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One size doesn’t fit all. Netflix and Spotify know this, which is why you get personalised recommendations based on your watchlist or listening habits. Across the spectrum, big data and smart algorithms are creating a hyper-personalised world where – at the risk of being exposed to only one worldview – you are (as you should be!) seen as an individual. Now, thanks to a new model called direct indexing, your investments can work the same way.
Direct indexing allows you to replicate the performance of an index by buying a representative amount of the underlying shares. If that sounds a lot like an exchange-traded fund (ETF), then you’re close… but there’s a key difference. Unlike with traditional index funds, where you indirectly invest in the companies that make up an index (say, Naspers or MTN in the JSE Top 40), direct indexing lets you directly own shares in those companies.
In an ETF, you’re also tracking the index – so you’re not a shareholder in the individual companies, and you can’t buy or sell shares within that index. With direct indexing, you’re basically building your index from scratch, so you can customise it and tweak it as you go.
This allows you to align your investments with your needs and values. Don’t like the way “Evil Corp” ignores its ESG responsibilities? Then don’t invest in them. Easy. While your friends are stuck with “Evil Corp” in their Top 40 ETF, you can happily sit with your own Top 39, knowing that you’re not helping to destroy the planet. (Think of it like a personalised Spotify playlist, where you have your favourite artist’s greatest hits, minus that one awful song that you hate.)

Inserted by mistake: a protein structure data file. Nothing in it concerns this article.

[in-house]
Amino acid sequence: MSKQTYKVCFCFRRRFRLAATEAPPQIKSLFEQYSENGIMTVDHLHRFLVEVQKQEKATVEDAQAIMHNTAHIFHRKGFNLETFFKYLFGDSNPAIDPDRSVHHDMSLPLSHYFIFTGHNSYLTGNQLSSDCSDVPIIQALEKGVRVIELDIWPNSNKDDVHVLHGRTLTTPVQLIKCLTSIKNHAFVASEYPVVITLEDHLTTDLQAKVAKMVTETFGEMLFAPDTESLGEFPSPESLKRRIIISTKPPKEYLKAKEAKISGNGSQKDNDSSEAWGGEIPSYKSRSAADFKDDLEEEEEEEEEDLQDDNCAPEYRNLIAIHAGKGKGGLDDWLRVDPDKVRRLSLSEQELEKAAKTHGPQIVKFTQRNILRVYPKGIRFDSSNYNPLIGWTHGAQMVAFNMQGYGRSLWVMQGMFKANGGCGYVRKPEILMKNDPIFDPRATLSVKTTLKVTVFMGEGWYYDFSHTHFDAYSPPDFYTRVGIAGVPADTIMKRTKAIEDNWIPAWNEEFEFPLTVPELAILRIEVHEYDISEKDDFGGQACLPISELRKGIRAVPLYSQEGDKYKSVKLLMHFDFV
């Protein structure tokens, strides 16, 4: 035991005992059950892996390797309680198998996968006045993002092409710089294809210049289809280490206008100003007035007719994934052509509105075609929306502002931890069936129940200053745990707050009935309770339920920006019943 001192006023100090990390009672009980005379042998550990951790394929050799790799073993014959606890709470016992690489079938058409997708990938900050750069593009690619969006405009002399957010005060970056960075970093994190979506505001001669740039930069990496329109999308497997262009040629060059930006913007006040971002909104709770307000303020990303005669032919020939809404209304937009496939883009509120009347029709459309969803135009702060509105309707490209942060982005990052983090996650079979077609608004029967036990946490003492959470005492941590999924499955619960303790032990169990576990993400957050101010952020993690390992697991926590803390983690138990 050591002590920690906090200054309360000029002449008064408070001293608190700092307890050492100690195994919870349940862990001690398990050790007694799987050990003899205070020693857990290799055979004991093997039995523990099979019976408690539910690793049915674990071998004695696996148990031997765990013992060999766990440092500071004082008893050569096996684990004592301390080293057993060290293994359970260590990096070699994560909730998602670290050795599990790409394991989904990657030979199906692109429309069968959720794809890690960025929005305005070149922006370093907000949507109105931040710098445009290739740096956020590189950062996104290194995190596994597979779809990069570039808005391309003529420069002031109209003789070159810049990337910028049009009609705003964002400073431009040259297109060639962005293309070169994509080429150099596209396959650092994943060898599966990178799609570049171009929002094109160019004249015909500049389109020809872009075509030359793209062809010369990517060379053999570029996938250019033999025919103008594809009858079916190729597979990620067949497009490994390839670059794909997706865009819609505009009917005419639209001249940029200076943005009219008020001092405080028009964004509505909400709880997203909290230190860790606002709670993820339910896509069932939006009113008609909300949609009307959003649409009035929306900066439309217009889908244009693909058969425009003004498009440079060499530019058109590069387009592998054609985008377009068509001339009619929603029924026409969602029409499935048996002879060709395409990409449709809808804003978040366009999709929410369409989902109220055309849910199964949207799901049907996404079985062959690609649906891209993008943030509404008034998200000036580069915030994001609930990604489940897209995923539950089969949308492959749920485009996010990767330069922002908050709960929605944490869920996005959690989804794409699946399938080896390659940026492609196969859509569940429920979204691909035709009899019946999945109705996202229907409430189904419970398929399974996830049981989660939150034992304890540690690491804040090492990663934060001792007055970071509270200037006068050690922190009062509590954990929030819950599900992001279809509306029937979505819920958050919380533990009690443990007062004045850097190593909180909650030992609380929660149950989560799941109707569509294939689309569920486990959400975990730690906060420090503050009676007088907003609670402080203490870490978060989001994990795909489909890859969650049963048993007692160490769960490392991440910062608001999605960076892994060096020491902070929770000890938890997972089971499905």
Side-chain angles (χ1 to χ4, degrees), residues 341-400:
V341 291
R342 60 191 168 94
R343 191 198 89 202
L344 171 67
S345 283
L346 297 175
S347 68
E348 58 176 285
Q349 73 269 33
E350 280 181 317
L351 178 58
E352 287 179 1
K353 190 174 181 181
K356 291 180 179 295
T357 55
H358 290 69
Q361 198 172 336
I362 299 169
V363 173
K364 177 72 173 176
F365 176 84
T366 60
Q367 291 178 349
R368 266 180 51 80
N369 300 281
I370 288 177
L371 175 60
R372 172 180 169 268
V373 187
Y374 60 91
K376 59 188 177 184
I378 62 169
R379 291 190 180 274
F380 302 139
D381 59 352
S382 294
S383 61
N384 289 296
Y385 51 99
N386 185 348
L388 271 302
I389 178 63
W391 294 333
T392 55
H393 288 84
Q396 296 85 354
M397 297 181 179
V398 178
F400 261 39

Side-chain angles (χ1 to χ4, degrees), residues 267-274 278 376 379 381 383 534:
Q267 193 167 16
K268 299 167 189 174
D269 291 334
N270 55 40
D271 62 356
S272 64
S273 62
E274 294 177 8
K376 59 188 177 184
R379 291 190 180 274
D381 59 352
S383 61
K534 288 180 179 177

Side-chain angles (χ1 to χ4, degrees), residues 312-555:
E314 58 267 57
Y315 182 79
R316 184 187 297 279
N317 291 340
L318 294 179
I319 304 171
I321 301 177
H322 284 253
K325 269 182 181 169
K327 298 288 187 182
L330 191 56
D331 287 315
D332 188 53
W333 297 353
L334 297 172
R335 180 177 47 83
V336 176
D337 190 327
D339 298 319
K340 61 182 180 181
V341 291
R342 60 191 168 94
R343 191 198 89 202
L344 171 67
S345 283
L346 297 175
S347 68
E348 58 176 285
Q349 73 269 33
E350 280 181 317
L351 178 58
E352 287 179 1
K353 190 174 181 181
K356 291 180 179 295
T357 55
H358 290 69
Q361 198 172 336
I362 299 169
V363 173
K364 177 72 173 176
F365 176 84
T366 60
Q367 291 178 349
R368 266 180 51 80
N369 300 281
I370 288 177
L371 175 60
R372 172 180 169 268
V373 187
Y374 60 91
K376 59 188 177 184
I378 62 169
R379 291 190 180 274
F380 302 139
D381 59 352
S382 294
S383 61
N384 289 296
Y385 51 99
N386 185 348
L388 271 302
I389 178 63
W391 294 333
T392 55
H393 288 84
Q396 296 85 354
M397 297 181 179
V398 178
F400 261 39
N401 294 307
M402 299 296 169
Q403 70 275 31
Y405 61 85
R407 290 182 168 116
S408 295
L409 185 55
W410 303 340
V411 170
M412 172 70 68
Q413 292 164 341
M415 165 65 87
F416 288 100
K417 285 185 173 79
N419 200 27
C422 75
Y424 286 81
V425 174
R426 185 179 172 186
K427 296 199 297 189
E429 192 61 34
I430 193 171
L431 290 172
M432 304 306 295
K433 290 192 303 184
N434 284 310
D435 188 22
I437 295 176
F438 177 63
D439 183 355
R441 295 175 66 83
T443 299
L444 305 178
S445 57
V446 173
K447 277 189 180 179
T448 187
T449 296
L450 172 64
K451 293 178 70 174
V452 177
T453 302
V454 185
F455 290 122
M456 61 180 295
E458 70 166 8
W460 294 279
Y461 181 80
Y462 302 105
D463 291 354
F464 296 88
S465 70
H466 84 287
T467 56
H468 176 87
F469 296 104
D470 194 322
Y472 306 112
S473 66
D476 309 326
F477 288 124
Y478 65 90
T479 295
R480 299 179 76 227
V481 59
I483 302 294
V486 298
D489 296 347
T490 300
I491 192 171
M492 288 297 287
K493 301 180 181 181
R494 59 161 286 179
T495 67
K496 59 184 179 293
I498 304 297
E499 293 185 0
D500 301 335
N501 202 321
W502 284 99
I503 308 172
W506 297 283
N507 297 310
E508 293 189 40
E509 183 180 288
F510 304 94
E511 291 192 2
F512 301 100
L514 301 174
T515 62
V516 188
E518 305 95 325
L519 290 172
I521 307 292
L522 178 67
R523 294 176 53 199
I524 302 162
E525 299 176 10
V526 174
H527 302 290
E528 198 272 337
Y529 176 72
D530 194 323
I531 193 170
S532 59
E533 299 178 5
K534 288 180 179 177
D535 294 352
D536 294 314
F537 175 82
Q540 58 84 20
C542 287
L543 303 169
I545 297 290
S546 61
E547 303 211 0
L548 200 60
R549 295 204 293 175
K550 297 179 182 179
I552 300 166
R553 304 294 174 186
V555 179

Until quite recently, direct indexing involved specialised expertise and prohibitive trading costs. It was expensive, and only the ultra-wealthy could afford it.
Digital tech has changed that, enabling a massive shift towards commission-free trading and fractional shares, making direct indexing more accessible to many more people. So while mutual funds disrupted the investment scene by allowing Average Joes and Joannas to access financial markets, and while ETFs gave them diversification, direct indexing is the next major investment game-changer.
The biggest benefit of direct indexing lies in its flexibility, and in how it allows you to align your money with your personal values and investment aims. While there are several ETFs or tracker funds that target specific factors, sectors or geographies, you might find that you’d prefer to pick and choose individual equities or industries to create something that matches your preferred allocation.
Your reasons for wanting more personalisation and flexibility may be values-based. Maybe it’s the ESG issue we mentioned earlier; maybe you have moral or religious reasons for not wanting to put your money in a booze or tobacco business; or perhaps it’s less about avoiding certain companies or sectors, and more about wanting to increase your exposure in others. Maybe you believe that South Africa’s mining industry is where the future’s at; maybe you’re super into tech stocks; or maybe you want more exposure to India or Brazil than, say, the MSCI Emerging Markets Index is giving you.